Exactly How Kate Courtney Dominated The ABSA Cape Epic

"It's a great time to be a women in this historically male-dominated sport."


Cally Silberbauer |

Meet Kate Courtney, a 22-year-old professional cyclist that is taking this previously male-dominated sport by storm. Not only does she have many elite wins to her name (most recently the ABSA Cape Epic with Annika Langvad) but she managed to complete her degree while smashing these races! With a massive racing career still ahead of her, this fearless female is definitely going places.

Getting Into Cycling

“I grew up competing in a wide variety of sports,” Kate begins. “Ski racing, cross country running, soccer, horseback riding…” As a young girl, she’d often go mountain biking with her dad. “At the time, mountain biking was just a fun way to spend time with my dad and, more importantly, get to and from blueberry pancakes,” she says. But in her freshman year of high school, Kate was introduced to the world of competitive cycling. “I joined my high school mountain bike team as part of the NorCal League and began racing,” the California native says. “I quickly fell in love with the sport and never looked back.”

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MTB marathon
Image by Kevin Sawyer

Race Ready

Kate recently took part in ABSA Cape Epic, a gruelling 700km of untamed terrain to be covered in eight days of racing. She had never raced a marathon distance stage race before. It was also Kate’s first time racing with a partner. She teamed up with Annika Langvad, World Cup Champion in both XCO (cross-country) and marathon. Most would be more than a little daunted by this prospect, but Kate was full of excitement and energy. “Partnering with Annika was such a huge opportunity for me to learn from the best,” says Kate. “Annika is a very humble rider, generous in sharing her knowledge and she’s a true team player.” Kate and Annika went on to take the win, absolutely dominating the race. “Most people thought I was a little crazy but my inner circle supported me and helped me get there,” she says.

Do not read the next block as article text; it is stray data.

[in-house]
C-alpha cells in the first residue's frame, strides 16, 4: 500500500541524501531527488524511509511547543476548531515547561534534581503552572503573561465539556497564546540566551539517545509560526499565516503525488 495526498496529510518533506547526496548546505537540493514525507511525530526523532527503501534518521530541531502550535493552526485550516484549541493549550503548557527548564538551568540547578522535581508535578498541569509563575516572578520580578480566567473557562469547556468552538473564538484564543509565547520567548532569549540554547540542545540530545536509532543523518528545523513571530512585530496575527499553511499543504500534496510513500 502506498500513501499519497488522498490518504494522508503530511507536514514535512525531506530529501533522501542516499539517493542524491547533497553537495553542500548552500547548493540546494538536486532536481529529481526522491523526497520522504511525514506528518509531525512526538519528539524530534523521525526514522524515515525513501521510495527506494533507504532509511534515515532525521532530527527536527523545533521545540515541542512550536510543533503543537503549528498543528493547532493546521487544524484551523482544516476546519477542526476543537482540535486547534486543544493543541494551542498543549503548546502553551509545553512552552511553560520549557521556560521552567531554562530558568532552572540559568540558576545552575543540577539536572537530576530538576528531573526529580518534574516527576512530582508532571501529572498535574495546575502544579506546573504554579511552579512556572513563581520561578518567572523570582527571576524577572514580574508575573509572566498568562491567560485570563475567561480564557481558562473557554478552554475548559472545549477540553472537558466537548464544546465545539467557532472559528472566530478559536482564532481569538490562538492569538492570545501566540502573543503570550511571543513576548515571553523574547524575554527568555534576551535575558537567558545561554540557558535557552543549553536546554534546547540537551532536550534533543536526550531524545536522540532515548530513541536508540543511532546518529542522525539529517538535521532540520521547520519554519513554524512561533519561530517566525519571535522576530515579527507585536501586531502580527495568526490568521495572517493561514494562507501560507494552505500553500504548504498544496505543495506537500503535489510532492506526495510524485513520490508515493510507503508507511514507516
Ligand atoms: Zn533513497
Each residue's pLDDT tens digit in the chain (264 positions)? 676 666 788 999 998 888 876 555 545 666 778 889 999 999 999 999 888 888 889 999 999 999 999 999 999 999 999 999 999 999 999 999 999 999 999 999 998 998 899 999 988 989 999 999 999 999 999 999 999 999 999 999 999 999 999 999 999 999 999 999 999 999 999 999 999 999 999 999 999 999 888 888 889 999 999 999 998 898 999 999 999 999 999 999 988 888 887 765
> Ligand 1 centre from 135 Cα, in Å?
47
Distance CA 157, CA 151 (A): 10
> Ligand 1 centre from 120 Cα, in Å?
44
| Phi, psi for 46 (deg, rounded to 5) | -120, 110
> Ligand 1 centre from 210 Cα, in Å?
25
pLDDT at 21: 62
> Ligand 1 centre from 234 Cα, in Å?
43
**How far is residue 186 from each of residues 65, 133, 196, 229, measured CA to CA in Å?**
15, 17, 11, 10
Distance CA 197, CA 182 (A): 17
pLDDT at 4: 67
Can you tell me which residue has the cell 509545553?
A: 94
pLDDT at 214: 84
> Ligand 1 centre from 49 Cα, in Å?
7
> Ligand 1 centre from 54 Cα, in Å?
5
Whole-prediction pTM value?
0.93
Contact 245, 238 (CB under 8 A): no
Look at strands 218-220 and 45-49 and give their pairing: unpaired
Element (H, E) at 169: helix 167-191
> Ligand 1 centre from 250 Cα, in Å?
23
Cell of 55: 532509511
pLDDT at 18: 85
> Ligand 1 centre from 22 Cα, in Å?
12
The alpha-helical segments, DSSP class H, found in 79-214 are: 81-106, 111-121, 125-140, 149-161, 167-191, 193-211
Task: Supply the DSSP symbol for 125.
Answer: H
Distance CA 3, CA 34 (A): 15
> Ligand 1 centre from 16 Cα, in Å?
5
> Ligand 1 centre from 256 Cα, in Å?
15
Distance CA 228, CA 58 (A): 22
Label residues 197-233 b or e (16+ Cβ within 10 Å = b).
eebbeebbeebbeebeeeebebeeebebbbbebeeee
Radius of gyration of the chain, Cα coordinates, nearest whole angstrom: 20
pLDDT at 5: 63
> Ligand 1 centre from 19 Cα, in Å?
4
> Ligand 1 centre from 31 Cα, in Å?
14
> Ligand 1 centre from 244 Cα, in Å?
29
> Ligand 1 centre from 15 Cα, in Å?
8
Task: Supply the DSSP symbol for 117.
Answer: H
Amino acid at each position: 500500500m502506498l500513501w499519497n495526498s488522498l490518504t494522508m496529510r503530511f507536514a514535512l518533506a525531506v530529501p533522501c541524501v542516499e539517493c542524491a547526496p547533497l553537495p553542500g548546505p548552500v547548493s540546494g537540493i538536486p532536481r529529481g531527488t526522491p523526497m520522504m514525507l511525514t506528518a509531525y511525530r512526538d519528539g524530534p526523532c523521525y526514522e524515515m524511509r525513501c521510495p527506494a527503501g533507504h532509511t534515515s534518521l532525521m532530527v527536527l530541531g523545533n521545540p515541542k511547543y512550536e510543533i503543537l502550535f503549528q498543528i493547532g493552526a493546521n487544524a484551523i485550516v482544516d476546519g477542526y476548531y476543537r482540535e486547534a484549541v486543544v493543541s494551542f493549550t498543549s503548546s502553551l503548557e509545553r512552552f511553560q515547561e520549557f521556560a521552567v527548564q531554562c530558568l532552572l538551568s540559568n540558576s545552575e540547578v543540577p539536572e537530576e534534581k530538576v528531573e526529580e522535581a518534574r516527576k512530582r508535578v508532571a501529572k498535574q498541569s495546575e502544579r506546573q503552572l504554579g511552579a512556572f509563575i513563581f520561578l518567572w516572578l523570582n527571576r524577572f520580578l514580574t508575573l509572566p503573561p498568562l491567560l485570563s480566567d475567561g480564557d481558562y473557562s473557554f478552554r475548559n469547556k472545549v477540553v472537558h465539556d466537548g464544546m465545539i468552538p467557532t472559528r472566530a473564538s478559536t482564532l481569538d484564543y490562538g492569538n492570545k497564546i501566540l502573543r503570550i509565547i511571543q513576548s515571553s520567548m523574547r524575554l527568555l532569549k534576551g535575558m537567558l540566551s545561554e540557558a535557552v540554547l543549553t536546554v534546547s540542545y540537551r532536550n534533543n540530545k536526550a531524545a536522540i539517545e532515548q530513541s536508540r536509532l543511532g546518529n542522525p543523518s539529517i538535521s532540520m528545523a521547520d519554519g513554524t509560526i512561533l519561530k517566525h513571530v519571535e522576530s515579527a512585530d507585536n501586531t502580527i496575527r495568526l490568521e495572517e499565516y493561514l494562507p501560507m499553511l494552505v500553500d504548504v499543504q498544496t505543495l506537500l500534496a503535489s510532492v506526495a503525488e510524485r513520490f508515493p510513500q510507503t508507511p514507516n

Watch: 6 Things You Should Know Before Riding The Cape Epic

Face Your Fears

Such an extreme sport comes with a few fearful situations. We’re talking rock gardens, jumps, drops, and gnarly terrain. “Fear is a sign you are getting outside of your comfort zone,” says Kate. “For me, mountain biking has been an incredible way to conquer fears and continue to expand that comfort zone.” You’ll never get anywhere if you stay in that safe space for too long. “It isn’t about being fearless,” she adds, “but about letting your confidence, strength and passion burn brighter than any fear you might have.”

Be Prepared

Kate says that prep work is key when it comes to overcoming her fears. “Whether it’s a technical drop or even just a big race, knowing I have done everything I can to be prepared for the challenge makes me excited to see what might be possible, rather than fear it might not work,” she says.

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Competing As A Woman

Historically, cycling is a male-dominated sport but times are changing. In fact, it’s actually a great time to be an elite female in the racing world.

“At the moment, the women’s fields are incredibly competitive and the racing is really exciting to watch,” says Kate. “In mountain biking specifically, women race the same course as the men and have equal prize money at the biggest events.” And that’s the way it should be. “It sends the message that our races are valued and supported,” she adds.

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Train Like Kate

Training for such intense races doesn’t only happen on the bike. Kate does a bunch of moves off the saddle, like box jumps, pull-ups and a variety of core exercises with TRX cables.

But rest and recovery are important too. “My ideal rest day involves a lot of sleeping,” says Kate. “Waking up a bit later, doing a short spin and eating lunch before my afternoon nap.”

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You Can Do It Too

I asked Kate for some advice for beginner MTB riders. Her response? “Grab some friends and get out the door!” It’s fun, and once you’re out conquering new challenges, a whole new world opens up.

“I find that beginner riders often worry so much about their ability level and looking silly – but once they are out, the magic of the cycling community takes hold and they can just enjoy the ride,” says Kate. “Sometimes the hardest part is just getting out the door!”

Watch ON: Cycling Cycling Tips Real Women